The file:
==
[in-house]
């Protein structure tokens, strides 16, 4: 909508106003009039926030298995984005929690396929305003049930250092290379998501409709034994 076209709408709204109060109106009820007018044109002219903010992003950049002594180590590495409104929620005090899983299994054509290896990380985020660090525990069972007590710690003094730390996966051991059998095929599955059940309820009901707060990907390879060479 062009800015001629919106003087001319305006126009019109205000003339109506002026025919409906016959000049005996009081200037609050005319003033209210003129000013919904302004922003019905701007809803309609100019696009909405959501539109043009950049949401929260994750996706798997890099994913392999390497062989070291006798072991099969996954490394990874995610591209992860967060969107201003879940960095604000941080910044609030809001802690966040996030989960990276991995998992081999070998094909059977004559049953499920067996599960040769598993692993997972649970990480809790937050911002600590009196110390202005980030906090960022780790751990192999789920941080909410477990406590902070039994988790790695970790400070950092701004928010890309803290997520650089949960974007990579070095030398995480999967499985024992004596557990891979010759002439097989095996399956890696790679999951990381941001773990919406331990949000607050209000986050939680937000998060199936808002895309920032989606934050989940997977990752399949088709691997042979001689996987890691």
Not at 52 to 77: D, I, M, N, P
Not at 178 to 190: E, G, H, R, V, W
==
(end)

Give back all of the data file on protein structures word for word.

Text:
[in-house]
């Protein structure tokens, strides 16, 4: 909508106003009039926030298995984005929690396929305003049930250092290379998501409709034994 076209709408709204109060109106009820007018044109002219903010992003950049002594180590590495409104929620005090899983299994054509290896990380985020660090525990069972007590710690003094730390996966051991059998095929599955059940309820009901707060990907390879060479 062009800015001629919106003087001319305006126009019109205000003339109506002026025919409906016959000049005996009081200037609050005319003033209210003129000013919904302004922003019905701007809803309609100019696009909405959501539109043009950049949401929260994750996706798997890099994913392999390497062989070291006798072991099969996954490394990874995610591209992860967060969107201003879940960095604000941080910044609030809001802690966040996030989960990276991995998992081999070998094909059977004559049953499920067996599960040769598993692993997972649970990480809790937050911002600590009196110390202005980030906090960022780790751990192999789920941080909410477990406590902070039994988790790695970790400070950092701004928010890309803290997520650089949960974007990579070095030398995480999967499985024992004596557990891979010759002439097989095996399956890696790679999951990381941001773990919406331990949000607050209000986050939680937000998060199936808002895309920032989606934050989940997977990752399949088709691997042979001689996987890691």
Not at 52 to 77: D, I, M, N, P
Not at 178 to 190: E, G, H, R, V, W